By Eric M. Meyers
Bernice and Morton Lerner Professor
Director of the Graduate Program in Religion
I would like to set the record straight on several issues raised in a recent article entitled, "Lying Scholars? Ossuary Update" in Biblical Archeology Review, Vol. 30, Issue 3.
One of the issues raised by Hershel Shanks is the credibility of Joe Zias' communication with me as summarized in my web article in bibleinterp.com in January 2004. Mr. Shanks also questions the nature of the relationship between Mahmoud Abushhakra, the antiquities dealer, and Mr. Zias, and in the article, Mr. Abushhakra is quoted as stating he does not know Mr. Zias. In fact, several documents contradict this claim, including the numerous export licenses signed for Mr. Abushhakra by Mr. Zias (which are on file in the Rockefeller Museum files). In addition, a photograph appearing on page 52 of the very article in BAR shows Mr. Zias (in a green and red sweater) standing before Mr. Abushhakra. The photographer credited with taking the photo, Dr. Ludwig Kempe, was taken at Mr. Abushhakra's shop by Dr. Kempe, who is prepared to verify that Mr. Abushhakra and Mr. Zias appeared to be well acquainted with one another.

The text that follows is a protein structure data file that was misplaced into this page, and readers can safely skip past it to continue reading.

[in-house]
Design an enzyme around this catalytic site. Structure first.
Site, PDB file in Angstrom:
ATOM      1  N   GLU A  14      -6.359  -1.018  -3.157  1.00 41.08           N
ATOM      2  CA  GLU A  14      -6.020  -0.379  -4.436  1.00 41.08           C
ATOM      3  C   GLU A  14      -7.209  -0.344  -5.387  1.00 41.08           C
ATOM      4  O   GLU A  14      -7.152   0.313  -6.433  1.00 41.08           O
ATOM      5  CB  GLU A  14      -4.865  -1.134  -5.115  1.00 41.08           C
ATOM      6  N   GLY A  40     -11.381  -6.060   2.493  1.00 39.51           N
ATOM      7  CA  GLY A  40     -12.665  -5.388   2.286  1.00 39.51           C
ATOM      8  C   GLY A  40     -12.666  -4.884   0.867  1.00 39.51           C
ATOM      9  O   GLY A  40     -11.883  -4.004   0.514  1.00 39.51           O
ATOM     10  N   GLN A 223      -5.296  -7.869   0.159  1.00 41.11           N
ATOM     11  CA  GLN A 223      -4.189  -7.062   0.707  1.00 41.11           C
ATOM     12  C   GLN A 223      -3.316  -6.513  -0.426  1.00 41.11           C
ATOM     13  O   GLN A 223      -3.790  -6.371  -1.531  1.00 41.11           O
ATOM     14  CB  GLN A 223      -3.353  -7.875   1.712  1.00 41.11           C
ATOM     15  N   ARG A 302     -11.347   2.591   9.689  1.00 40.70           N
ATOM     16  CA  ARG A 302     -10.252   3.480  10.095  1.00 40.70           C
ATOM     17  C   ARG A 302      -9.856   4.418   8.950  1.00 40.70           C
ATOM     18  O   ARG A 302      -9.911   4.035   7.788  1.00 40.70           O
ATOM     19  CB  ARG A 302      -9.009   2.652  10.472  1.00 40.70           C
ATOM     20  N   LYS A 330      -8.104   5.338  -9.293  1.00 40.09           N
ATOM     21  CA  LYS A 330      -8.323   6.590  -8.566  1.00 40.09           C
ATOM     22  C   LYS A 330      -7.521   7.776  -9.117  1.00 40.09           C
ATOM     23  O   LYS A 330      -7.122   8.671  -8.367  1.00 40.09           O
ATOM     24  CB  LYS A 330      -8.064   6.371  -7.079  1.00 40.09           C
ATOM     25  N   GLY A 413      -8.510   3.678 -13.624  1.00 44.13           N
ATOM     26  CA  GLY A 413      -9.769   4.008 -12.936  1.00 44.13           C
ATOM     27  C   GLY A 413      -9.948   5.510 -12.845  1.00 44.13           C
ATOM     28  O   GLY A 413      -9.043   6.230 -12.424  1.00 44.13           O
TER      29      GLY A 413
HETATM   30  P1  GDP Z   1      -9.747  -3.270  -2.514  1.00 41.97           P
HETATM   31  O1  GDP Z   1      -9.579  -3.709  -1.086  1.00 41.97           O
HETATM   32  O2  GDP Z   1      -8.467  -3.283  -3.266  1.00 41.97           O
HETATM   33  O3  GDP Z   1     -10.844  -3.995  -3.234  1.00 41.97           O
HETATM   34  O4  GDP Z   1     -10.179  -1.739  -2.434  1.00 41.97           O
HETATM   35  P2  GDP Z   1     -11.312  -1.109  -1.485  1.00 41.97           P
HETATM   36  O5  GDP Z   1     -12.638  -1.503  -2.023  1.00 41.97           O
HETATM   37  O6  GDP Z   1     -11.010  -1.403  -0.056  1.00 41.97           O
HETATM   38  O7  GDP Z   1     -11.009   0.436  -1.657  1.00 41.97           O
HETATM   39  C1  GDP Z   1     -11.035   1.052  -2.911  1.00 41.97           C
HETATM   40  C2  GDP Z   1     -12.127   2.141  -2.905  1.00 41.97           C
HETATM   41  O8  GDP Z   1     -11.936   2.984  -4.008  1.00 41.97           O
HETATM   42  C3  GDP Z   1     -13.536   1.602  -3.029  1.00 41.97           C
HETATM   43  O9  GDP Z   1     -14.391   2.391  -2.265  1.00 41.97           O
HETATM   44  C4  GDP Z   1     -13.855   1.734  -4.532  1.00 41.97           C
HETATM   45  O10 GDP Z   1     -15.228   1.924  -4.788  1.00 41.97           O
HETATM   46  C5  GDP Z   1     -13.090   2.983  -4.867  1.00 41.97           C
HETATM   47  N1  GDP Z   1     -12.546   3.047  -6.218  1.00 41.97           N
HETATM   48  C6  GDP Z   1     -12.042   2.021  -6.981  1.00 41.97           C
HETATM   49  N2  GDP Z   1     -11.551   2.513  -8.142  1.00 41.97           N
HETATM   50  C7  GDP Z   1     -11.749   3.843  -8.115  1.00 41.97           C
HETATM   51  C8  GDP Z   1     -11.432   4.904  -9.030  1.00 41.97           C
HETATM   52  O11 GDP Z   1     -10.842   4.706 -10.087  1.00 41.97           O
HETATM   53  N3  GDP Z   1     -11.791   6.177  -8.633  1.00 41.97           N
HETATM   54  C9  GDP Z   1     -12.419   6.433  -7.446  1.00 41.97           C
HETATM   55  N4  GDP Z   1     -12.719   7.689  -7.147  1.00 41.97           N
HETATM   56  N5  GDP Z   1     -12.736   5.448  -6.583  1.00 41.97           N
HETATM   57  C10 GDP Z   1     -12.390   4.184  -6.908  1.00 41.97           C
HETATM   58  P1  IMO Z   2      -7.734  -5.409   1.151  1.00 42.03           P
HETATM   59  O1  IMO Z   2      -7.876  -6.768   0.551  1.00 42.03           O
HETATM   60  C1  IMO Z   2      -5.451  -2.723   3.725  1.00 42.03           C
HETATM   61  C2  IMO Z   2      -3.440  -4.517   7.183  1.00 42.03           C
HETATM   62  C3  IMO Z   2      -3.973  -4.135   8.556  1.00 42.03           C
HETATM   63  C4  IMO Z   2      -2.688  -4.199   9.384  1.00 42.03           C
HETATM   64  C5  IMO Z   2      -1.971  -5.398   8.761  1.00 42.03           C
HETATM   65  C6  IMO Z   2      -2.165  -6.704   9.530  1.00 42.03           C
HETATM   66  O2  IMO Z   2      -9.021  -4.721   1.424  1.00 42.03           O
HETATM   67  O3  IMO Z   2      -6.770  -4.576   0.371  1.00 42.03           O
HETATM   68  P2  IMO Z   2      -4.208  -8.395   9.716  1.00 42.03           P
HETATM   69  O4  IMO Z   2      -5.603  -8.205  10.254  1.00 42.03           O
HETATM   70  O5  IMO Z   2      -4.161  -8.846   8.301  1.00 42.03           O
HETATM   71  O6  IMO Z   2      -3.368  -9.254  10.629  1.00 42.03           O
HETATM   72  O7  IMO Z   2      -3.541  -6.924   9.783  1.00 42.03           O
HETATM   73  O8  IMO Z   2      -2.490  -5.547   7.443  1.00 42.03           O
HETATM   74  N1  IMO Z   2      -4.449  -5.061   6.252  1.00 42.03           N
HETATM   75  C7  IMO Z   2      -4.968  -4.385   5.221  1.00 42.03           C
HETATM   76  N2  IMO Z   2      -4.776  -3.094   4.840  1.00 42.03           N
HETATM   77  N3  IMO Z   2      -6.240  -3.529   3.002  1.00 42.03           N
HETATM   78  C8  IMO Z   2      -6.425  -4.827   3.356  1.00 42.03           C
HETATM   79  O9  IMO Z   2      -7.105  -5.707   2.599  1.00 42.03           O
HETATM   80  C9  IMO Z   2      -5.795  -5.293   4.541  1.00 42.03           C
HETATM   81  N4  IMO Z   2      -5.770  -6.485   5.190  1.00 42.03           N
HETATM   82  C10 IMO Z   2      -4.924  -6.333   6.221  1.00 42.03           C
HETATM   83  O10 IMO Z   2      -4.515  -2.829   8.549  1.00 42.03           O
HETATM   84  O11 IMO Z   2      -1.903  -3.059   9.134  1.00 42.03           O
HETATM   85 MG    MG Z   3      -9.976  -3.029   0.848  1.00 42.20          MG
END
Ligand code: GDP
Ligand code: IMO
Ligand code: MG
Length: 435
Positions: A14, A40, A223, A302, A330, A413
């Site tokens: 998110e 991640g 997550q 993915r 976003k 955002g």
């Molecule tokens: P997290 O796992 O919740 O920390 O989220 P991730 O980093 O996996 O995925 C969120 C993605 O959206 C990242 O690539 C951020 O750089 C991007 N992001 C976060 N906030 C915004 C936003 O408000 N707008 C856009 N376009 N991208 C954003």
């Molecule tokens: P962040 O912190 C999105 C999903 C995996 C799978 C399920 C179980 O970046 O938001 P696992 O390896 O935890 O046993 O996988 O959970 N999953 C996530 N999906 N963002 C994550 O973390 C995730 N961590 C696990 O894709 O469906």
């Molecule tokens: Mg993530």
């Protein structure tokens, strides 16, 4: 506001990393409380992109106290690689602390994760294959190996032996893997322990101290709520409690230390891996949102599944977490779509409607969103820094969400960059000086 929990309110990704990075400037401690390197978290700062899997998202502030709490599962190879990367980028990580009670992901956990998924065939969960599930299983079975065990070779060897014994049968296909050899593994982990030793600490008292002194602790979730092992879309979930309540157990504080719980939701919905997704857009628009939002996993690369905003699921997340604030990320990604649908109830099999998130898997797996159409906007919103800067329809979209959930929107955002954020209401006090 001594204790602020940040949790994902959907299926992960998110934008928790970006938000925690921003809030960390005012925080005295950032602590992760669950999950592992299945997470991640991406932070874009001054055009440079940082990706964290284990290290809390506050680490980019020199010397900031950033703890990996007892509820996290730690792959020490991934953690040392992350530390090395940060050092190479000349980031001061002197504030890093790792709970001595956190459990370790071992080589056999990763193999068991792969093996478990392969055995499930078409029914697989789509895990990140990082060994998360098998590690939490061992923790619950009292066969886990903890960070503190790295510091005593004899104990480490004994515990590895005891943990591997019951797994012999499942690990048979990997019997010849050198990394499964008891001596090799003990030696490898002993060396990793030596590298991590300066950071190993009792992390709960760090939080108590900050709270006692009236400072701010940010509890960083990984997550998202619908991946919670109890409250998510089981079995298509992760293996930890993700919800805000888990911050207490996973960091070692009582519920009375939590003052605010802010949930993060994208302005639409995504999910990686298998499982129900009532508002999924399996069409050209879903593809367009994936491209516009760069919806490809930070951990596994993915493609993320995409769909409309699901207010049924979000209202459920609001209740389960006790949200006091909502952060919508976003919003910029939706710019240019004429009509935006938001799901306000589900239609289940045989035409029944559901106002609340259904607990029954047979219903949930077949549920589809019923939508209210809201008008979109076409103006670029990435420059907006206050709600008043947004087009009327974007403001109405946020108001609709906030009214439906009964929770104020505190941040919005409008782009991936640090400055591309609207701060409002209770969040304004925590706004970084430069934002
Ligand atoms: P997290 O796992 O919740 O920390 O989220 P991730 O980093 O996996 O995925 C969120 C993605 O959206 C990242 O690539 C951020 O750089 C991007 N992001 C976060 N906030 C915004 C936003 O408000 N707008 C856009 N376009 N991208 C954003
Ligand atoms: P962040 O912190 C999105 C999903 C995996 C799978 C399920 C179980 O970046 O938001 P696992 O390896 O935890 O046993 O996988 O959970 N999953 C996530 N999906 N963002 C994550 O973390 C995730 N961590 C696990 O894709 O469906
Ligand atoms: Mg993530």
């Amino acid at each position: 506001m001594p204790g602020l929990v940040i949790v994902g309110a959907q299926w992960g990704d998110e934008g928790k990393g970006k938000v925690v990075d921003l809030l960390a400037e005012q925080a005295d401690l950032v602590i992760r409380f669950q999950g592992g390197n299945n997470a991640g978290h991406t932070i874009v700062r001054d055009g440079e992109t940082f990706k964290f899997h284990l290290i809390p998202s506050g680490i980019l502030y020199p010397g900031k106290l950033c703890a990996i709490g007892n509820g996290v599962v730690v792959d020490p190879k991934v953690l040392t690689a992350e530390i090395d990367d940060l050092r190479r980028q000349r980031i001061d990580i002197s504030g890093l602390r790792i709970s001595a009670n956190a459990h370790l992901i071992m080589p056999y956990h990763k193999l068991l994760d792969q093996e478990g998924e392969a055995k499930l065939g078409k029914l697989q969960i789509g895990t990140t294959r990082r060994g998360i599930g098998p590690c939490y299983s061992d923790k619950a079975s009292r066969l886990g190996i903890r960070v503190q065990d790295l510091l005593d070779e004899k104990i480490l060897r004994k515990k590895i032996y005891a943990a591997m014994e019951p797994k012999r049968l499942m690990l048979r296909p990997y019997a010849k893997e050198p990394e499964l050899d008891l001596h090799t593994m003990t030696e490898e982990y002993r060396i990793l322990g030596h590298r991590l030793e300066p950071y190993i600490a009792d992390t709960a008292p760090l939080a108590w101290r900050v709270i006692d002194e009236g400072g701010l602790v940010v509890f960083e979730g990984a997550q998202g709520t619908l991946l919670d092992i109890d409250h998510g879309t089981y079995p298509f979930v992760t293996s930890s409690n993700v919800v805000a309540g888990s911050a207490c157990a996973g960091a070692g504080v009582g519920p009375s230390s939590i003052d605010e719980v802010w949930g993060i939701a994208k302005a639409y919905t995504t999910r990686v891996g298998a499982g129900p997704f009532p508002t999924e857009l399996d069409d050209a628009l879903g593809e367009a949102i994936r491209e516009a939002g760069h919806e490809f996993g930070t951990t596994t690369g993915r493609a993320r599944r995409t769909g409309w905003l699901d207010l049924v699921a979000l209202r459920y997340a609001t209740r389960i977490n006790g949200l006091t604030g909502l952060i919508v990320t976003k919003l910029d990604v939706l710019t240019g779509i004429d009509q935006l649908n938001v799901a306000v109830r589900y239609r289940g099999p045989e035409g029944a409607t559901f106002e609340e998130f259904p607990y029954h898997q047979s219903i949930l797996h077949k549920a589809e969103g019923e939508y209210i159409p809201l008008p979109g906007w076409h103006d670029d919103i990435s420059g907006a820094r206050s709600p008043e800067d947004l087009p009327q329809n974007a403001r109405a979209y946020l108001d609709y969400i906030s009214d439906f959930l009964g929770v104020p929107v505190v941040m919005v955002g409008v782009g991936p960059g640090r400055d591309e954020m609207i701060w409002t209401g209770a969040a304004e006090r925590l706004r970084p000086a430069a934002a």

It is therefore puzzling to read in Mr. Shanks' article that Amir Ganor, chief of the IAA robbery unit, accepted the word of Mahmoud Abushhakra over Joe Zias (p.62). The clear evidence that the two were and are acquainted should at least make Mr. Ganor revisit the matter and reconsider the veracity of Mr. Zias' account and that of his unnamed colleague who is a priest at the École Biblique.
As to the questioning of Mr. Zias' motivations in his critiquing of the authenticity of the so-called James Ossuary, I would state simply that Mr. Zias has nothing to gain by lying. He is retired from the Rockefeller Museum post he held for nearly 30 years and has spent much of his life in Israel rescuing and storing artifacts for the government. As a scholar, he has devoted his life to publishing what he believes to be the truth.
Finally, Mr. Shanks questions the purported sale of the ossuary to the International Christian Embassy in Jerusalem. While Zias may have his dates slightly off, he nonetheless stands by his story.